Comcast has advisors with Hollywood heft


Call it the Comcast Friends and Advisors plan.

The cable television giant may not have deep roots in Hollywood, but it has friends who do. For more than two months, two former high-ranking Fox entertainment executives -- Peter Chernin and Peter Liguori -- have been counseling Comcast Corp. as it negotiates with General Electric Co. to take control of NBC Universal, executives who asked not to be identified said Monday.

Chernin, who until July was No. 2 to Rupert Murdoch at News Corp., has been informally advising his friends -- and neighbors -- at Comcast as they prepare a possible takeover of the television company and movie studio. The deal under negotiation would give Comcast 51% of NBC Universal, while GE would own the remaining 49%.

Not only does Chernin have expertise managing entertainment companies, he also knows the top two Comcast executives, in part because they have neighboring vacation homes: Chernin owns a house near Comcast Chief Executive Brian Roberts’ home on Martha’s Vineyard. And his ski lodge in the exclusive Yellowstone Club in Montana is next door to one owned by Steve Burke, Comcast’s chief operating officer.


But Chernin offers Comcast more than just location, location.

During two decades at News Corp., Chernin ran the company’s Fox broadcast network, TV stations and movie studio -- areas of NBC Universal that sorely need fixing. He also has experience overseeing cable channels, which have become NBC Universal’s most profitable operations.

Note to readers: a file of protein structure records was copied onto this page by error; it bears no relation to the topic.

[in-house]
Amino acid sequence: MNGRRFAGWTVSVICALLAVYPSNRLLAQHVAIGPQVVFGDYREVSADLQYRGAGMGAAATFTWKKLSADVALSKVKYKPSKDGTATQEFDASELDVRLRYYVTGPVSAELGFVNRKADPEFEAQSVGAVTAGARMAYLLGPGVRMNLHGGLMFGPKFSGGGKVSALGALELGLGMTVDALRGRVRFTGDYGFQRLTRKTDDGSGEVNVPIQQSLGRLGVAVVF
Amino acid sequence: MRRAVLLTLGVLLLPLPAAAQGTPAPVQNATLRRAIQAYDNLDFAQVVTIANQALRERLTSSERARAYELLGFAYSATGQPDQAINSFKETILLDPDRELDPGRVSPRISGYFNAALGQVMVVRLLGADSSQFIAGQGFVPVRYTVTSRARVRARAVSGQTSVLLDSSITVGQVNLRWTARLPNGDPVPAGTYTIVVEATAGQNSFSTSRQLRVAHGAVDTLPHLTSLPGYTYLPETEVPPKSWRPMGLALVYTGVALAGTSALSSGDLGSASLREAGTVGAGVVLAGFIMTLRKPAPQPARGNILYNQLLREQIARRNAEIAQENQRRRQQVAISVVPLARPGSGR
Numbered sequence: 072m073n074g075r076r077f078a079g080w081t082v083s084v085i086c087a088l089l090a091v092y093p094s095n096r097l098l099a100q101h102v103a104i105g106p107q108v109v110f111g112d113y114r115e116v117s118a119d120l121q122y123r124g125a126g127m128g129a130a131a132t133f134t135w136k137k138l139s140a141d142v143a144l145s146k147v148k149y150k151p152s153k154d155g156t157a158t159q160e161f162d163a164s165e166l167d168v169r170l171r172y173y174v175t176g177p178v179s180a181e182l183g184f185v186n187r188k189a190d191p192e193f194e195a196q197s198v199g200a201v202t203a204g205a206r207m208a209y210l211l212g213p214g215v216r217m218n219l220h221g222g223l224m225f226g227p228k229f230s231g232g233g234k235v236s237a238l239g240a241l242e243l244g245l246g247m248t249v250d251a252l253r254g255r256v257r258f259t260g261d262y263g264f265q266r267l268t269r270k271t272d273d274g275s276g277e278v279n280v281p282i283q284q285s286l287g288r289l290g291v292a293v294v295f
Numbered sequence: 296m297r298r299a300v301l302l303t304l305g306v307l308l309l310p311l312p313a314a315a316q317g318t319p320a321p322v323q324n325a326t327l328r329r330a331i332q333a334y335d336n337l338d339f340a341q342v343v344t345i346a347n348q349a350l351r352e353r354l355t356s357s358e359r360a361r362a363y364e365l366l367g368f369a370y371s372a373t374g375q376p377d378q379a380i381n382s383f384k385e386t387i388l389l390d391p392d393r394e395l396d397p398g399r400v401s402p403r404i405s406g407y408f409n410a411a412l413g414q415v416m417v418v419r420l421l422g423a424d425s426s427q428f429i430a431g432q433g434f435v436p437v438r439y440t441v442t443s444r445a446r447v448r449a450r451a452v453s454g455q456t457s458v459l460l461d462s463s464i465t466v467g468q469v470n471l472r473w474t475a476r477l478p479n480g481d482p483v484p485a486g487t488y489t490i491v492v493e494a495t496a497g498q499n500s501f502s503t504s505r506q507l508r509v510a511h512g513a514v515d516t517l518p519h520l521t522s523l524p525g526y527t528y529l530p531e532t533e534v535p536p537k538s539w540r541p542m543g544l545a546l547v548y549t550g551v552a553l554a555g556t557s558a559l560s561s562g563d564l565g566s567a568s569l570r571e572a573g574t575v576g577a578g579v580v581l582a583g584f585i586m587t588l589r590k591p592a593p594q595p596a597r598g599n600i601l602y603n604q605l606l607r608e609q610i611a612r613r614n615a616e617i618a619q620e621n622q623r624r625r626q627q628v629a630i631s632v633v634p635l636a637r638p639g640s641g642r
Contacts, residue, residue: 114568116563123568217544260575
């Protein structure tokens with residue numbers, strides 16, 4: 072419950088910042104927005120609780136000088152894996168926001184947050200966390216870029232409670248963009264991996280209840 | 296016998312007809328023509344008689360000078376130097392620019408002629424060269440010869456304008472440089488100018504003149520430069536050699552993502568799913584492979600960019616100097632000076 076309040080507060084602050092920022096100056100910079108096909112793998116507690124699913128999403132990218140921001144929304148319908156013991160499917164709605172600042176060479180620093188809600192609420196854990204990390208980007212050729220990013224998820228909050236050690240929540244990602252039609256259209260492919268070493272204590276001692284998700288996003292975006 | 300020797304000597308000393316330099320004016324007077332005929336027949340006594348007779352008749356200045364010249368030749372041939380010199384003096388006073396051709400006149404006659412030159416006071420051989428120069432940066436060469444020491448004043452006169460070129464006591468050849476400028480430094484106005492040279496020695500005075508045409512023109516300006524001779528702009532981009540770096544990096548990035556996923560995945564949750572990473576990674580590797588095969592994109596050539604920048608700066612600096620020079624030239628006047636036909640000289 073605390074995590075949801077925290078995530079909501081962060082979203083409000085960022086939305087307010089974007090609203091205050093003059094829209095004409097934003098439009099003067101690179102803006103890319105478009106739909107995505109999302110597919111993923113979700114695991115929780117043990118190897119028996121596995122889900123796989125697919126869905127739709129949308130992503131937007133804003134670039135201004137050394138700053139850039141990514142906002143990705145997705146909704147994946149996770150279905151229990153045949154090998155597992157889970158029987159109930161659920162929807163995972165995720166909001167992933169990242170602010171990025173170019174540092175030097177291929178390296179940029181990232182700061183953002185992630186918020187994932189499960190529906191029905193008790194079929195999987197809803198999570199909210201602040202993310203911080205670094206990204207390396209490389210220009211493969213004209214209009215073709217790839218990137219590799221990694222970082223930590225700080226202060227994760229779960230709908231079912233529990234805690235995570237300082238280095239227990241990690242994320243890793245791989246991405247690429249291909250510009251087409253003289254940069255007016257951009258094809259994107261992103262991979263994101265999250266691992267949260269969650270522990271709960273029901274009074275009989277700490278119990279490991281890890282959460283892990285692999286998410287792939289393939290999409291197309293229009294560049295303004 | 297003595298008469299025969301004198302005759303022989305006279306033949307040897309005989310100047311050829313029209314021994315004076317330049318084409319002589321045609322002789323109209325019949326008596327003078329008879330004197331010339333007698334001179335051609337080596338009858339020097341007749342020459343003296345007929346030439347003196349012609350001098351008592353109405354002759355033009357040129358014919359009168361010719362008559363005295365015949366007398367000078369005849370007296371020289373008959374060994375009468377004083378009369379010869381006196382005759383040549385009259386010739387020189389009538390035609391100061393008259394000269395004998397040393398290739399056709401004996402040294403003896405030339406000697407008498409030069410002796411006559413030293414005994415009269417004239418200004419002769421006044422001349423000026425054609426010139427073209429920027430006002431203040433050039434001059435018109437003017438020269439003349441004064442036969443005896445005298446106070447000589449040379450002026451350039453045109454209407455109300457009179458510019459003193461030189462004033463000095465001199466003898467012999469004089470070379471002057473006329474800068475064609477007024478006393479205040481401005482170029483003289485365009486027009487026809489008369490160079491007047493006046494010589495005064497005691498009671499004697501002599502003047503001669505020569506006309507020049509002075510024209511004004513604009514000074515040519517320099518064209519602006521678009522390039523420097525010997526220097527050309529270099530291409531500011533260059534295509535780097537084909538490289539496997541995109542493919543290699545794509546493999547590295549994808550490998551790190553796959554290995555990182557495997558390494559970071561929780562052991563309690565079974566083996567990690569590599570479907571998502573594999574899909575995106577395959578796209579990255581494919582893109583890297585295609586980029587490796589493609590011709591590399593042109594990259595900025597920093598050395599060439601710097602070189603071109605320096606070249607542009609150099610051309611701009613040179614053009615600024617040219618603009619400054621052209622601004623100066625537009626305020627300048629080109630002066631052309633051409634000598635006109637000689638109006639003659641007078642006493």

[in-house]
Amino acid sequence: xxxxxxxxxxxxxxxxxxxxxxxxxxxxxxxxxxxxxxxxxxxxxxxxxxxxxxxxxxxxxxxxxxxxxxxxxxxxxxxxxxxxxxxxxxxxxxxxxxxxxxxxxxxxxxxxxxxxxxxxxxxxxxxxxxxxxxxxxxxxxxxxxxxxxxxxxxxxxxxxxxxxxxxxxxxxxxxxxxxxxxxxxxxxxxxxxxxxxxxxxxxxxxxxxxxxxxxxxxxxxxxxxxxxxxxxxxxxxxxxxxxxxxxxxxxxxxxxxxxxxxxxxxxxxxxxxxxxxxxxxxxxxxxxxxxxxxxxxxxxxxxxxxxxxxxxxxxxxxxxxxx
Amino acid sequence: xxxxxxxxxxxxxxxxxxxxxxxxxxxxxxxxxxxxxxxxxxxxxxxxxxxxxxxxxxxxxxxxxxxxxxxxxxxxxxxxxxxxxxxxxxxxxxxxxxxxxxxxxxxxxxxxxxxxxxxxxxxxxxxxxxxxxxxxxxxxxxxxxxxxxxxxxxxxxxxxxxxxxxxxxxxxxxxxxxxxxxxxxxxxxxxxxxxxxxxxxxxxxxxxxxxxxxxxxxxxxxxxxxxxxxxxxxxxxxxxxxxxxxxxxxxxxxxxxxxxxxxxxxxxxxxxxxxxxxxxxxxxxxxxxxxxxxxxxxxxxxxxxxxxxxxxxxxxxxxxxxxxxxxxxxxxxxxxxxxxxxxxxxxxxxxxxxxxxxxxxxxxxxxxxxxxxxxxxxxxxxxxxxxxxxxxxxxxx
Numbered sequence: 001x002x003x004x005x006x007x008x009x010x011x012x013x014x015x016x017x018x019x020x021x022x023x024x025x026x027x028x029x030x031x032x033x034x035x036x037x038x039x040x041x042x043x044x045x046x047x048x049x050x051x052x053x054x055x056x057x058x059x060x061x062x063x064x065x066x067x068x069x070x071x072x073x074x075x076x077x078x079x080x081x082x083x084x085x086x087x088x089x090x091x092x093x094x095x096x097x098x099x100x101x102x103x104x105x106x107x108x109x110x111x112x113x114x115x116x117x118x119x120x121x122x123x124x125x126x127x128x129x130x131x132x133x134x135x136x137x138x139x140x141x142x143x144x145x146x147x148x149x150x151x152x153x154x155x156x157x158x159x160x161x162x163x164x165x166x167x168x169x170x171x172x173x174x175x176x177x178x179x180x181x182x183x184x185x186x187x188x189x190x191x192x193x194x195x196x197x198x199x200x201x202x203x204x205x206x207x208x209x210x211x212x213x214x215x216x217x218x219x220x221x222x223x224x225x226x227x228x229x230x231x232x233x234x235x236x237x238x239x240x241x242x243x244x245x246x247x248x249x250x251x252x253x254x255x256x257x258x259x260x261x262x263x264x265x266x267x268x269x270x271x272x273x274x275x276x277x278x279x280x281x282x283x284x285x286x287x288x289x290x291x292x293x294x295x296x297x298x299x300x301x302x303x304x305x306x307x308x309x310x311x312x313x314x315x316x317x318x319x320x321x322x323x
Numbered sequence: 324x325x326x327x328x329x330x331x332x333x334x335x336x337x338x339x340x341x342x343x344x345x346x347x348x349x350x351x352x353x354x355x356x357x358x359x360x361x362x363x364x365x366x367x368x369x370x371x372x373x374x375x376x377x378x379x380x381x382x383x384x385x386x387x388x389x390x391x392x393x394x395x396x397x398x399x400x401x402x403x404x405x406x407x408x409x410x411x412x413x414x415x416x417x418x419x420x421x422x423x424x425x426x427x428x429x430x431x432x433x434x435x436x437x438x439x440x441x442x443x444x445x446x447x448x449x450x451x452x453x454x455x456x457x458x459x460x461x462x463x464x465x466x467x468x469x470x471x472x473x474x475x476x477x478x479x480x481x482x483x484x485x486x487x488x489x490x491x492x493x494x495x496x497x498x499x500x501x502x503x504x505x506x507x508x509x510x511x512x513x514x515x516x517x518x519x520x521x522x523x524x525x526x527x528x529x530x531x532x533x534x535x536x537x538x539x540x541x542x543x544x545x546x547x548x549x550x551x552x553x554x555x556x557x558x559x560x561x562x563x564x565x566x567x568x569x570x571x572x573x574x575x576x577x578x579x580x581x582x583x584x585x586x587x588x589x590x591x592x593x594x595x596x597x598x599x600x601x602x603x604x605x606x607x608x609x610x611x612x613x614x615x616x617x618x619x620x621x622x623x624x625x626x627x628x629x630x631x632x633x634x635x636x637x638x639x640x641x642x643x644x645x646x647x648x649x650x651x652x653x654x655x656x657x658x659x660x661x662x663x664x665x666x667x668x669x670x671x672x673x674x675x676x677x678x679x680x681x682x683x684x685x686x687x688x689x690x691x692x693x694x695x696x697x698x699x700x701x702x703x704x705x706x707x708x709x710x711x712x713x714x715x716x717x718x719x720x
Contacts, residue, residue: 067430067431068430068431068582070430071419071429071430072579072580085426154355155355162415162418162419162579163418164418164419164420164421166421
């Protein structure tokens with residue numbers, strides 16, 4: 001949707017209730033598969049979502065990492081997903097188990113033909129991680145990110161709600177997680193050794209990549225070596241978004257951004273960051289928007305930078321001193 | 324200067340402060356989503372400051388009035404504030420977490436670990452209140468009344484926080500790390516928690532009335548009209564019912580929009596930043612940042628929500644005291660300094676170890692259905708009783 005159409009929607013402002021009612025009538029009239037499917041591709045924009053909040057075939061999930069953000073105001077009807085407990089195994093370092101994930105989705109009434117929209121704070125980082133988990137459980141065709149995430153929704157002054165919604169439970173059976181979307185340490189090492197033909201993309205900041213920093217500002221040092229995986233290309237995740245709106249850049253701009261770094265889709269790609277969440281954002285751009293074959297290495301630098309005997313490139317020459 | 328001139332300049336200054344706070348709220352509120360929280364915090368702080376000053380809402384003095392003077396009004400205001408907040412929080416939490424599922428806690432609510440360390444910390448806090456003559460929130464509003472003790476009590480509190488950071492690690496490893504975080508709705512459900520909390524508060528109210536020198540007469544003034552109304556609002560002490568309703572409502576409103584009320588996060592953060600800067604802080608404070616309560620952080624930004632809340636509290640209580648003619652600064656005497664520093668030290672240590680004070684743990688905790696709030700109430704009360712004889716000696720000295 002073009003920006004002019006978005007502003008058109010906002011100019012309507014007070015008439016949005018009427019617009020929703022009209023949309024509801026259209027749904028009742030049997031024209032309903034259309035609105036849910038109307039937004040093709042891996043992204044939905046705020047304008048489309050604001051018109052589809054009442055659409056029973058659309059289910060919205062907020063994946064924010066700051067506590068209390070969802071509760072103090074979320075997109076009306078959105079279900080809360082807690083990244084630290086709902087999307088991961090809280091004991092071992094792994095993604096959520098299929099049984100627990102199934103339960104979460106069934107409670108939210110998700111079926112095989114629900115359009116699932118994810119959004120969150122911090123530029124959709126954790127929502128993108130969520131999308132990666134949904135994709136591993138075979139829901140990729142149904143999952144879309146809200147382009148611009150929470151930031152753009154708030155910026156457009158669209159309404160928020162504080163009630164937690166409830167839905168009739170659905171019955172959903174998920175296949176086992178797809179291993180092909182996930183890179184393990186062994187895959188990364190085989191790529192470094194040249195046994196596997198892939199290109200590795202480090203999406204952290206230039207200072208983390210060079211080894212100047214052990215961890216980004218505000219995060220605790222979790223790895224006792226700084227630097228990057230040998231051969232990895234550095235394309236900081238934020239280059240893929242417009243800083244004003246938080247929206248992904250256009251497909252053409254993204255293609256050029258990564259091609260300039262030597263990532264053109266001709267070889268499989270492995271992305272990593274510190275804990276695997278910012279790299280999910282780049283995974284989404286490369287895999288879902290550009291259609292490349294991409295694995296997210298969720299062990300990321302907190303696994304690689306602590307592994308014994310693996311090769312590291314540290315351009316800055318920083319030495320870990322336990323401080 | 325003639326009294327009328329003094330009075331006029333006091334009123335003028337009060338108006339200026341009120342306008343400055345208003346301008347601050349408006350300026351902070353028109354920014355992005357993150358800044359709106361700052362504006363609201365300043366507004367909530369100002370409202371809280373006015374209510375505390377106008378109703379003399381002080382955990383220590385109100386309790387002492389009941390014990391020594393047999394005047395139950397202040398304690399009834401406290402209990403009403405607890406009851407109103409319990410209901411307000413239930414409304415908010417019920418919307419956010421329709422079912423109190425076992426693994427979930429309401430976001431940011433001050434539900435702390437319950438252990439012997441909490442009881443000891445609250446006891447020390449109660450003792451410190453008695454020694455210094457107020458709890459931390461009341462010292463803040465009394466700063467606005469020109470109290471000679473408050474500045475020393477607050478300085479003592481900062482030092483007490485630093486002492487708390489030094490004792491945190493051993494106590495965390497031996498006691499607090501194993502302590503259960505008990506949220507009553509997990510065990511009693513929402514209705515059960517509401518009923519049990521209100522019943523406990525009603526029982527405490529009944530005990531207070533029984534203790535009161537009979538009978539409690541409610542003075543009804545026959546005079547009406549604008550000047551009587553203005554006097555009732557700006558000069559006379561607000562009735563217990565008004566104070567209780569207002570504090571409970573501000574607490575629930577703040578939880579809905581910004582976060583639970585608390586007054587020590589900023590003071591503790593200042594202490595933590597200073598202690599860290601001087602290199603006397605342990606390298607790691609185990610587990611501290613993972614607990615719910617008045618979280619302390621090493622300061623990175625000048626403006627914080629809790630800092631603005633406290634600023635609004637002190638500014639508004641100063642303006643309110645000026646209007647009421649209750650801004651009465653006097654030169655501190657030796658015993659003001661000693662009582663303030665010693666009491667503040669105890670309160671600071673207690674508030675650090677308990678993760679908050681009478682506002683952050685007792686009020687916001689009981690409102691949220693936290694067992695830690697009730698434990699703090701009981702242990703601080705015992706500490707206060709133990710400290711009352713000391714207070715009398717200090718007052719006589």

Chernin’s close familiarity with media companies should help Comcast calculate realistic values for NBC’s various assets. The former News Corp. executive, who now runs his own movie and TV production studio based at Fox, is serving as “more than a friend but less than a consultant,” said an executive familiar with the arrangement who asked not to be identified because the work is confidential.

People close to Chernin said he has no interest in running the media company should Comcast acquire a controlling interest in NBC Universal.

That’s because the chief executive job, even at a super-sized NBC Universal, would be too similar to the one he just left at News Corp. “Peter wouldn’t do it,” said one person familiar with his thinking. The New York Times blog Media Decoder first reported Chernin’s role helping Comcast.

Chernin’s involvement, which had been secret until this week, caught several of his associates by surprise.

“Although it is vintage Chernin,” said an executive who knows him but is not involved in the Comcast deal, “it allows him to stir things up a little. And it could be a way for him to get back in the sandbox and help Comcast out.”


Liguori, meanwhile, is serving Comcast in a different capacity. Since midsummer, he has been a consultant helping to evaluate NBC’s assets, according to people familiar with the arrangement.

The former chairman of Fox Entertainment was squeezed out of a job in March when Murdoch replaced him with Peter Rice, who had run Fox’s specialty movie studio, Fox Searchlight.

Liguori also is deeply familiar with the inner workings of a broadcast company, having spent four years at the No. 1 network.

The former HBO and Procter & Gamble Co. marketing executive gained prominence at Fox for helping build its FX cable channel into a powerhouse with such edgy shows as “The Shield.”

And Liguori is a big proponent of TV sports, a specialty of Comcast. Comcast’s regional sports networks bring in about a third of the company’s entertainment revenue.

If Comcast’s bid succeeds, Liguori is expected to stay on as part of Comcast’s management team, one insider said.